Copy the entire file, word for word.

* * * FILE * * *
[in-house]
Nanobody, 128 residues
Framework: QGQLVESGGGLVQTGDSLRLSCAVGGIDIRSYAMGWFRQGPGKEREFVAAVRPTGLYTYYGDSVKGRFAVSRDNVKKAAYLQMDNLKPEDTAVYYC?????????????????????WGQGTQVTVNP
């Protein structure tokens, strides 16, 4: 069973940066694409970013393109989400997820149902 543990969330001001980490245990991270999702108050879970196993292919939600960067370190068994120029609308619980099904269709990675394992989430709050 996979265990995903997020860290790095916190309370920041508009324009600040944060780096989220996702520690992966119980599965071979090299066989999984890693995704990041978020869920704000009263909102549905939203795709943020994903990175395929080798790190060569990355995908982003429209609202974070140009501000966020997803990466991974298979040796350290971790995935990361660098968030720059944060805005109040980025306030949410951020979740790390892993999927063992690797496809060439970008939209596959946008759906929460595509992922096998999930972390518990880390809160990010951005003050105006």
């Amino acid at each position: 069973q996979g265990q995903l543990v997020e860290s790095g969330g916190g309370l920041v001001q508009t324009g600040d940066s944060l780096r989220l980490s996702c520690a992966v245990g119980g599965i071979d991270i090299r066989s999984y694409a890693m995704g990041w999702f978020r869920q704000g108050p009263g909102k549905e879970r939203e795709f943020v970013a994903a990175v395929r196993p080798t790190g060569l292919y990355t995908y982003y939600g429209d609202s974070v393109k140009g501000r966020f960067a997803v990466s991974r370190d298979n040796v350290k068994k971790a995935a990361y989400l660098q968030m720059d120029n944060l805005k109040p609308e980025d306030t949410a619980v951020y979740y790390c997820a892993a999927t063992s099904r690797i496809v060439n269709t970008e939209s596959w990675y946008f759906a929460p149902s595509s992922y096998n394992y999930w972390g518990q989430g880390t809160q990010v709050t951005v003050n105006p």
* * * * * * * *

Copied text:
[in-house]
Nanobody, 128 residues
Framework: QGQLVESGGGLVQTGDSLRLSCAVGGIDIRSYAMGWFRQGPGKEREFVAAVRPTGLYTYYGDSVKGRFAVSRDNVKKAAYLQMDNLKPEDTAVYYC?????????????????????WGQGTQVTVNP
């Protein structure tokens, strides 16, 4: 069973940066694409970013393109989400997820149902 543990969330001001980490245990991270999702108050879970196993292919939600960067370190068994120029609308619980099904269709990675394992989430709050 996979265990995903997020860290790095916190309370920041508009324009600040944060780096989220996702520690992966119980599965071979090299066989999984890693995704990041978020869920704000009263909102549905939203795709943020994903990175395929080798790190060569990355995908982003429209609202974070140009501000966020997803990466991974298979040796350290971790995935990361660098968030720059944060805005109040980025306030949410951020979740790390892993999927063992690797496809060439970008939209596959946008759906929460595509992922096998999930972390518990880390809160990010951005003050105006």
């Amino acid at each position: 069973q996979g265990q995903l543990v997020e860290s790095g969330g916190g309370l920041v001001q508009t324009g600040d940066s944060l780096r989220l980490s996702c520690a992966v245990g119980g599965i071979d991270i090299r066989s999984y694409a890693m995704g990041w999702f978020r869920q704000g108050p009263g909102k549905e879970r939203e795709f943020v970013a994903a990175v395929r196993p080798t790190g060569l292919y990355t995908y982003y939600g429209d609202s974070v393109k140009g501000r966020f960067a997803v990466s991974r370190d298979n040796v350290k068994k971790a995935a990361y989400l660098q968030m720059d120029n944060l805005k109040p609308e980025d306030t949410a619980v951020y979740y790390c997820a892993a999927t063992s099904r690797i496809v060439n269709t970008e939209s596959w990675y946008f759906a929460p149902s595509s992922y096998n394992y999930w972390g518990q989430g880390t809160q990010v709050t951005v003050n105006p």